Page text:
Work is already underway on the $368m redevelopment of the Gosford Hospital. The Baird government is also attempting to finalise a world-class university medical school right in the heart of Gosford. This should help attract and retain youth in the area who would otherwise go to Sydney or Newcastle for tertiary education.

There is also the $400m upgrade to the M1 Pacific Motorway which would accommodate the increase in traffic due to the predicted population growth in the Central Coast. Then there’s the billions of dollars of infrastructure proposed, planned or under construction in the neighbouring Wyong Shire. This includes the $500m Chinese theme park which would create thousands of jobs in the construction phase and an additional 1,000 ongoing jobs once completed.

Population growth for the Gosford Local Government Area is expected to increase to 189,050 by 2031, which reflects a 0.4% annual growth rate, according to PRDnationwide.

“We are seeing a significant amount of people who choose to stay working in Sydney but decide to move to the Central Coast,” says Evanian. “They commute through a mix of car and train.”



QLD Cairns

Through the power of infrastructure spending Cairns is becoming a much stronger place, says Ryder.

“Cairns has a very proactive council,” he says. “I think they recognised that they were economically weak because they were a one-trick pony: it was all tourism.

“So what they have been doing is trying to boost investment and development by giving developers discounts or waiving fees to encourage people to do things and employ local people.”

Cairns is also boosted by tourism and investment that’s coming increasingly from Asia. Late last year, China Eastern Airlines began operating directly out of Cairns Airport, with direct flights going from Shanghai to Cairns. The latest International Visitors Survey found that Chinese visitors continue to rise in Cairns, with an increase of 6,400 or 4.4% for the year ending September 2014, compared to the previous year.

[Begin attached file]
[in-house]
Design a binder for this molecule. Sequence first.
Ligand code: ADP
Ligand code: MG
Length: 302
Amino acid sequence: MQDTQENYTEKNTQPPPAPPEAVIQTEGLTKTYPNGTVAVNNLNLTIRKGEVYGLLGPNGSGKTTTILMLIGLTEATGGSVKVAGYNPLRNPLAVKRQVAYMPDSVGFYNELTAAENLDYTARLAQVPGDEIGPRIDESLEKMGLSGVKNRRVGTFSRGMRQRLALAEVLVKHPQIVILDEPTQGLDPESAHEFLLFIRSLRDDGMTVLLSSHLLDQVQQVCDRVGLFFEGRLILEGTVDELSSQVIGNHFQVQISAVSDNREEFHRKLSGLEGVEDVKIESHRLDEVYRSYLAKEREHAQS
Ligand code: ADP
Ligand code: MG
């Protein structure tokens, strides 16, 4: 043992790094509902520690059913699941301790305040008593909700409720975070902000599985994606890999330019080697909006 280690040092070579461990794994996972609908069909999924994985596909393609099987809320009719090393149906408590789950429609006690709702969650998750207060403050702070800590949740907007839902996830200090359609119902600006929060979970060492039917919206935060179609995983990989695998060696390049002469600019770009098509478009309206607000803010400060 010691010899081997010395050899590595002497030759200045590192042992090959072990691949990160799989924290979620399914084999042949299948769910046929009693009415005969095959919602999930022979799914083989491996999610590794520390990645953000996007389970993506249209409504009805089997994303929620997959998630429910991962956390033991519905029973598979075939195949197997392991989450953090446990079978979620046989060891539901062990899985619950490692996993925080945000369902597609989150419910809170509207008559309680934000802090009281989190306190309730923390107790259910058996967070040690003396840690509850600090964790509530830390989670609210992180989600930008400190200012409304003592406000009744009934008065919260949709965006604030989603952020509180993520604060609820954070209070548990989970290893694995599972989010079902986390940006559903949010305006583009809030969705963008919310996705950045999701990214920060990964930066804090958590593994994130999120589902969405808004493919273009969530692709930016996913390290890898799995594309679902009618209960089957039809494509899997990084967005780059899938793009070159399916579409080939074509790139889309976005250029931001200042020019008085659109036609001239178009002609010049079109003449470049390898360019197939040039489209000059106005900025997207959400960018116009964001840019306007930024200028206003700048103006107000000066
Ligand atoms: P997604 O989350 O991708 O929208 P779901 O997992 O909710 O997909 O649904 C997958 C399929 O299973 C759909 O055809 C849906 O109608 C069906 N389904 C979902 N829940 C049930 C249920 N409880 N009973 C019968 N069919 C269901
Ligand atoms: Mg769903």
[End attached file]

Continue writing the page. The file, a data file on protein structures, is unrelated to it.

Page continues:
Infrastructure spending includes $454.6m for the Cairns Hospital, which includes an additional 168 beds (total 531 beds). Also on the list are a $1bn Cairns Airport upgrade and a $110m seaport project.

Another potential game changer is if the $8.2bn resort complex goes ahead. Even though the idea is still just that at this stage, if Aquis did go ahead it would add a number of hotels, a casino, a sports stadium, a convention centre and a golf course. However, like Toowoomba investors looking at Cairns should keep in mind that certain sections can be susceptible to floods.



The diverse economy and growing population are just two of the many positives Dubbo has going for it, says Ryder.

“I think diversity of economy is really important if you're going to invest in a regional centre,” he says. “Dubbo has six or seven major economic strands and big money is being spent on its hospital.”

Despite being 400km north-west of Sydney, Dubbo has a large regional airport and is on a major rail route. The airport has regular flights to Sydney and Broken Hill, and just last year the latest stage of the $1.56m development at the airport was completed. Additionally, according to recent figures from the Regional Development Australia Orana, the unemployment rate of Dubbo is 4.8%, compared to NSW at 5.7% and the nation at 6.4% Dubbo is already home to Australia’s largest sheep meat processor, Fletcher International, which is also the city’s largest employer.

The town provides health services to the surrounding region, and the Dubbo Base Hospital is a major employer. Other significant industries include agriculture, retail and tourism. In particular, the Taronga Western Plains Zoo at Dubbo attracts about 220,000 visitors every year.

There’s also the $1bn Dubbo Zirconia Project which is based on one of the world’s largest in-ground resources of rare metals and rare earths. The company Alkane Resources is aiming to process 1,000,000 tonnes of ore throughput per year over about 70 years.

However, what Dubbo really has going for it is affordability.

“You look at all Dubbo’s positives and think there would be a lot of demand for real estate,” says Ryder.

“I can buy there in the $200,000s and get a 6.5% return. But a lot of city-based people don’t even think about those options.”